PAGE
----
Houska: Hi-DefSpringfield, Illinois, transplant Charles Houska — an agendaless Keith Haring whose popular brand of flamboyantly sunny "art for everyday life" has decorated everything from credit cards and vodka ads to children's-hospital doors and animal-shelter walls — abandoned the product line for the studio to create this show of new acrylic-on-canvas paintings. The yield, though, is more of the same: reliably branded imagery of a wide-eyed world of rainbowed landscapes and ubiquitous smiles, rife with blind optimism and heedless populism, that's better fit for brightening the public realm than the private auspices of a commercial gallery. Then again, opening-night sales did benefit Food Outreach, and any gallerygoer who loves brazen depictions of unflagging happiness will be undoubtedly gratified, as the work remains as innocent-seeming as a coloring book. Through February 21 at phd gallery, 2300 Cherokee Street; 314-664-6644 or www.phdstl.com. Hours: noon-4 p.m. Thu.-Sun.
Ideal (Dis-) Placements: Old Masters at the Pulitzer This exhibition of canonical canvases of slain martyrs, pious virgins and other grand dilemmas borrowed from two encyclopedic museums and replaced in naturally lit contemporary galleries is a reaffirmation of the human scale. The minimalism of Tadao Ando's building design is diffused by ornate, gilt-framed compositions that date from the fourteenth to the eighteenth century, the two historical extremes meeting precisely at the fragile effects of daylight on the predominantly figural pieces. Contemplative and reverent, the show fulfills its premise so well that it seems capable of providing a discretely intimate experience for each and every viewer. Through June 20 at the Pulitzer Foundation for the Arts, 3716 Washington Boulevard; 314-754-1850 or www.pulitzerarts.org. Hours: noon-5 p.m. Wed., 10 a.m.-5 p.m. Sat.
Locusts & Honey: New Work by Jennifer Angus In a kind of alchemical transformation, Wisconsin-based Angus pins locust, grasshopper and other bewilderingly large and intricate insect specimens in floral geometrical patterns on the walls of Craft Alliance's Grand Center gallery space, to produce delicately beautiful wallpaper patterns. The effect is something aesthetically marvelous of the purely decorative variety — trumping all the more topical curiosities that the bugs, the process of their acquisition and application and the installation's biblical allusions, evoke. With the other domestic-decorative accents of early-twentieth-century dark-wood occasional tables, jewelry drawers and display vitrines punctuating the space, what remains is a work less about fear, plague and/or bounty than about the peculiar mystery that old Americana holds. Or, more simply, how certain rooms in a home seem to have a spirit and life of their own. Through May 17 at the Craft Alliance Gallery (Grand Center), 501 North Grand Boulevard; 314-534-7528 or www.craftalliance.org. Hours: noon-6 p.m. Wed.-Sat., noon-5 p.m. Sun.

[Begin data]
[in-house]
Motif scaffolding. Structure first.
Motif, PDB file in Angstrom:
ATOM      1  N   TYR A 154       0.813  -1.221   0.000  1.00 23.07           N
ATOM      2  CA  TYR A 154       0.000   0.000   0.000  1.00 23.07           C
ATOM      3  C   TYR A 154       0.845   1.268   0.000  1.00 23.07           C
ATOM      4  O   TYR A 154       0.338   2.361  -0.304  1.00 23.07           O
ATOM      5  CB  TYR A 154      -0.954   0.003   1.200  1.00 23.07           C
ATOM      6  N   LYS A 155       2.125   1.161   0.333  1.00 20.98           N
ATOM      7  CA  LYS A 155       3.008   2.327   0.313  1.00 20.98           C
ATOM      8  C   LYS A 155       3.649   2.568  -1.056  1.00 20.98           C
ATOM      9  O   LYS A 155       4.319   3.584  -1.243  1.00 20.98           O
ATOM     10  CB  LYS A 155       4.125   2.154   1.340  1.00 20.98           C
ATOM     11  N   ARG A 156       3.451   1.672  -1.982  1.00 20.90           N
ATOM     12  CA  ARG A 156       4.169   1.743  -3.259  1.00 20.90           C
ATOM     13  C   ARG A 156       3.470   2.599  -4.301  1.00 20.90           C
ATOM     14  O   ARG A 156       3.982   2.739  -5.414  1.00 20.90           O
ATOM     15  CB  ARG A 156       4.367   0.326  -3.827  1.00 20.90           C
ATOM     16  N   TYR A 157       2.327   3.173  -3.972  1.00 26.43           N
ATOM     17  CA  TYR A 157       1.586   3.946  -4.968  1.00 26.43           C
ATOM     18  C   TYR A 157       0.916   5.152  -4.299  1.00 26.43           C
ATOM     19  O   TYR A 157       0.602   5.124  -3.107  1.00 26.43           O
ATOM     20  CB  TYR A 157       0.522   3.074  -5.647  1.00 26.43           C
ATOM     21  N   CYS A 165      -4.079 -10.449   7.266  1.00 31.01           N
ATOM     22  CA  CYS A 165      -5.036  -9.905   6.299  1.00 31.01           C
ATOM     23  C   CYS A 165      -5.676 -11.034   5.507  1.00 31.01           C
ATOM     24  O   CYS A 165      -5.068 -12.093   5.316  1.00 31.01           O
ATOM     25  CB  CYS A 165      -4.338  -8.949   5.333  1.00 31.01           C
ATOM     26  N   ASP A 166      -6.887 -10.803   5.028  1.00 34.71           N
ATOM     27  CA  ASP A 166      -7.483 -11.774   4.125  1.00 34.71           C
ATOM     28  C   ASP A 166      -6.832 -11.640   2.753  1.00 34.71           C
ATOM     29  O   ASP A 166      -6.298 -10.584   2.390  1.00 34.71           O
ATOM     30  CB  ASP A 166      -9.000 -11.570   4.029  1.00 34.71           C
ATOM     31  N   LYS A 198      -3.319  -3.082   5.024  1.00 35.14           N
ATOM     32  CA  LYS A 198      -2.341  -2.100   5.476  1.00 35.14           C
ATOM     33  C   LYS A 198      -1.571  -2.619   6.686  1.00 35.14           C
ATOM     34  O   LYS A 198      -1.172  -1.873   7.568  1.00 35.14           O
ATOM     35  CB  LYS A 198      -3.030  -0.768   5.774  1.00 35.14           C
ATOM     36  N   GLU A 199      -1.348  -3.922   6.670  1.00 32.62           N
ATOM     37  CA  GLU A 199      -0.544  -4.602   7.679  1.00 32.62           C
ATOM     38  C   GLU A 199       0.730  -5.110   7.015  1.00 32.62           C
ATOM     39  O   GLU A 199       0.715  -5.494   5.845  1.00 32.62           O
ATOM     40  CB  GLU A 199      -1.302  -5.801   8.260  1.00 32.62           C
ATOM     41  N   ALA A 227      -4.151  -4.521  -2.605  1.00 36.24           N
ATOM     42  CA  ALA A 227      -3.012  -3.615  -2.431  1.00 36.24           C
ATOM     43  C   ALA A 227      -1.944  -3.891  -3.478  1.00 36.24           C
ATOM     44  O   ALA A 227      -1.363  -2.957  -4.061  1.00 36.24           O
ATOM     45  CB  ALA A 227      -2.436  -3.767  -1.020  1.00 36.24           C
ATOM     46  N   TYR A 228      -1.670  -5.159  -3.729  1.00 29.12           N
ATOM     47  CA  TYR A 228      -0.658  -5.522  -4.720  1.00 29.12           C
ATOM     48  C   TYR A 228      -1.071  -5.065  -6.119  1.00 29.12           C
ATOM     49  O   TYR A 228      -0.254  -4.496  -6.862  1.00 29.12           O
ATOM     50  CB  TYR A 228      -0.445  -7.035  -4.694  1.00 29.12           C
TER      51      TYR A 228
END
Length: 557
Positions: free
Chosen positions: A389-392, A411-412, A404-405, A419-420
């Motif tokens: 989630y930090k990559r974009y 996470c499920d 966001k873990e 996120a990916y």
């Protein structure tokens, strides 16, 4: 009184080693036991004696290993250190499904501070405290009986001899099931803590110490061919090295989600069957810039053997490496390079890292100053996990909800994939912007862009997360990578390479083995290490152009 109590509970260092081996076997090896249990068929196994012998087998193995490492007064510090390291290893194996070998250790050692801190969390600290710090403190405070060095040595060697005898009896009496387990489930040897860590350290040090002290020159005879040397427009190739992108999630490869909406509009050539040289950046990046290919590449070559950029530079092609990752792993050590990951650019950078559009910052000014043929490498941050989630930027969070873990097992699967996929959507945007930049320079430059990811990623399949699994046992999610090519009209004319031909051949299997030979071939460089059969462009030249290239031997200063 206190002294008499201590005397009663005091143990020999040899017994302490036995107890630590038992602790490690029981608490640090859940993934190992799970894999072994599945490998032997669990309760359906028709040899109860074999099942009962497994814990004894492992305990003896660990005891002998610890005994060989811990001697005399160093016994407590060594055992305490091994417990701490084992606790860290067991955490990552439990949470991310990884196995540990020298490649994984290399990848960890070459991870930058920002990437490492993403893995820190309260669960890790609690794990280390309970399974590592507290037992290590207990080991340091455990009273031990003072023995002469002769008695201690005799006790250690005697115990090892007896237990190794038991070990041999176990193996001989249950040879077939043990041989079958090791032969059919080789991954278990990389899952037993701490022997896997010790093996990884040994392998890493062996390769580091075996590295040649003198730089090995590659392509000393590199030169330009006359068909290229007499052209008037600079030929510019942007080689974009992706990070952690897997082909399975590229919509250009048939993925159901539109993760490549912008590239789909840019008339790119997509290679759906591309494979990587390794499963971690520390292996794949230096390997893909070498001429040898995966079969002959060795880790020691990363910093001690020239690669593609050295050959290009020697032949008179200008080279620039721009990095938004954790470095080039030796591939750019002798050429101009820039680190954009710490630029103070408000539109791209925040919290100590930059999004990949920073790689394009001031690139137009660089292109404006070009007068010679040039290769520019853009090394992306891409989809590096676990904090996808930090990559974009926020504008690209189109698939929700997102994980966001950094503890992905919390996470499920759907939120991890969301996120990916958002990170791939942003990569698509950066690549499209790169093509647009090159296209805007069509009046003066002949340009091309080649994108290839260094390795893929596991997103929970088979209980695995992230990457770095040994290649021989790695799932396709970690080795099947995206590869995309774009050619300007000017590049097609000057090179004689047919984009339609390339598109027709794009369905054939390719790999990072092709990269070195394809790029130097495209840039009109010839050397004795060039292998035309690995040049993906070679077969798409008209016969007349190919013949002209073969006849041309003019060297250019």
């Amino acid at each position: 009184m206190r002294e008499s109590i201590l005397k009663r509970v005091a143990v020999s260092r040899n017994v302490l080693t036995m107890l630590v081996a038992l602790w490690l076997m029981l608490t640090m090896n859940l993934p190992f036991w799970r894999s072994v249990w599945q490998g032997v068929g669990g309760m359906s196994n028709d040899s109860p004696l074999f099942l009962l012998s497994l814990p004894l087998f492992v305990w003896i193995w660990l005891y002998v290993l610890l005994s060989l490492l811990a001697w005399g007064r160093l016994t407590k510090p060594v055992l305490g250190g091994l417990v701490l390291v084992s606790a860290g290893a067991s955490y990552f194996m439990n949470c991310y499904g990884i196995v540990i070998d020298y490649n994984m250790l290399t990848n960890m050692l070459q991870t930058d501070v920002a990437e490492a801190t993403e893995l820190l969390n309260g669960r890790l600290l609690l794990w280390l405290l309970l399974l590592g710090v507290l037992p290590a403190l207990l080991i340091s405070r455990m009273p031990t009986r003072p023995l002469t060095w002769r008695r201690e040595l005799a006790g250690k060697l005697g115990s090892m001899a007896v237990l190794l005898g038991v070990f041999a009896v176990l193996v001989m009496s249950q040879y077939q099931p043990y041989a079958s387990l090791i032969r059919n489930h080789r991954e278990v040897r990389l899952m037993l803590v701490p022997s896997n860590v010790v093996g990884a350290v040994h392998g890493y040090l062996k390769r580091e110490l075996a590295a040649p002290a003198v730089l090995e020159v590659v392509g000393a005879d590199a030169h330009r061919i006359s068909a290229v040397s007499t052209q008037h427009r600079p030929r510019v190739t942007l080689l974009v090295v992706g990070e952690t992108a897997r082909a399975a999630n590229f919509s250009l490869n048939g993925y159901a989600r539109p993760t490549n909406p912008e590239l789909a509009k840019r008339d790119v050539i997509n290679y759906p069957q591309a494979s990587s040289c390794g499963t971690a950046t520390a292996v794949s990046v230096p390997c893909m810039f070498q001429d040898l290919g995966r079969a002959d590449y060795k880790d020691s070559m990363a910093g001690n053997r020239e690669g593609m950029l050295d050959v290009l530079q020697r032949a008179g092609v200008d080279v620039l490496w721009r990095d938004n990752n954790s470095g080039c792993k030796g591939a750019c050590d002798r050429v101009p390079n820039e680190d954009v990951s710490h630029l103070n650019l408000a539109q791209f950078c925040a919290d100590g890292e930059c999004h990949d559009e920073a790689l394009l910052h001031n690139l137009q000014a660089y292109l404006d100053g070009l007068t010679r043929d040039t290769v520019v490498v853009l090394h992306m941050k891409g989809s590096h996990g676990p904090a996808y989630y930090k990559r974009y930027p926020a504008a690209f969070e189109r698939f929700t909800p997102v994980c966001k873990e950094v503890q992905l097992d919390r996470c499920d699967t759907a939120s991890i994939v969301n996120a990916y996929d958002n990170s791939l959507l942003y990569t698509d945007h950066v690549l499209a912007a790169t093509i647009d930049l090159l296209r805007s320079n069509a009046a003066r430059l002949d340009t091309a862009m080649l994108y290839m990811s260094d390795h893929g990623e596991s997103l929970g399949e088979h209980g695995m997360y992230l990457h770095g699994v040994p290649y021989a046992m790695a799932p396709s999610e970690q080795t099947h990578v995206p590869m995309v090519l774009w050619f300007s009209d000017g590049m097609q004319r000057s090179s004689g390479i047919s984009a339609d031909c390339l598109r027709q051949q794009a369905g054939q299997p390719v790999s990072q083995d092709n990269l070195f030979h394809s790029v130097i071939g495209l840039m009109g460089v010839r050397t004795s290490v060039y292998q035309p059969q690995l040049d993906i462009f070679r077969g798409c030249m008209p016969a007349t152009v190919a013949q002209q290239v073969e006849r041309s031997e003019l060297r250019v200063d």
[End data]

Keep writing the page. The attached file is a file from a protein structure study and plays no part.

Gedi Sibony: My Arms Are Tied Behind My Other Arms Reusing discarded carpet, Sheetrock, brown-taped drop cloths, and freighting crates and blankets — the material language of contractors and art installers alike — New York-based Gedi Sibony creates a poetical site-specific installation that dismantles and exposes the intricacies and immediacy of installations. Leaning against walls or draped over partial partitions, his neutral-toned assemblages softly and economically recompose the main gallery space in a way that feels newly austere but fundamentally domestic. Narrow halls lead to larger rooms, which, in turn, are sectioned off into smaller, more intimate quarters. The engineering is basic cause-and-effect — gravity roots a freestanding door to the gallery floor; the conceit is unassumingly modest — two carpet pieces curl up to touch at their far corners like a pair of hands. Art formalism, here, is discussed in the global vernacular of fray, wrinkle and shadow. Underscoring Sibony is Bruce Nauman: Dead Shot Dan, a selection of classic photos and videos from the '60s, '70s and '80s in which Nauman plays an Everyman documenting the self trying to make plain sense of the self — a quixotic quest that amounts to a series of slapstick pratfalls shrugged off then compulsively re-attempted and perhaps summarized best by the image of the artist's arms roped to his back, entitled Bound to Fail. Altogether, a perfect exhibition. Through April 19 at the Contemporary Art Museum St. Louis, 3750 Washington Boulevard; 314-535-4660 or www.contemporarystl.org. Hours: 10 a.m.-5 p.m. Wed.-Sat., 11 a.m.-4 p.m. Sun.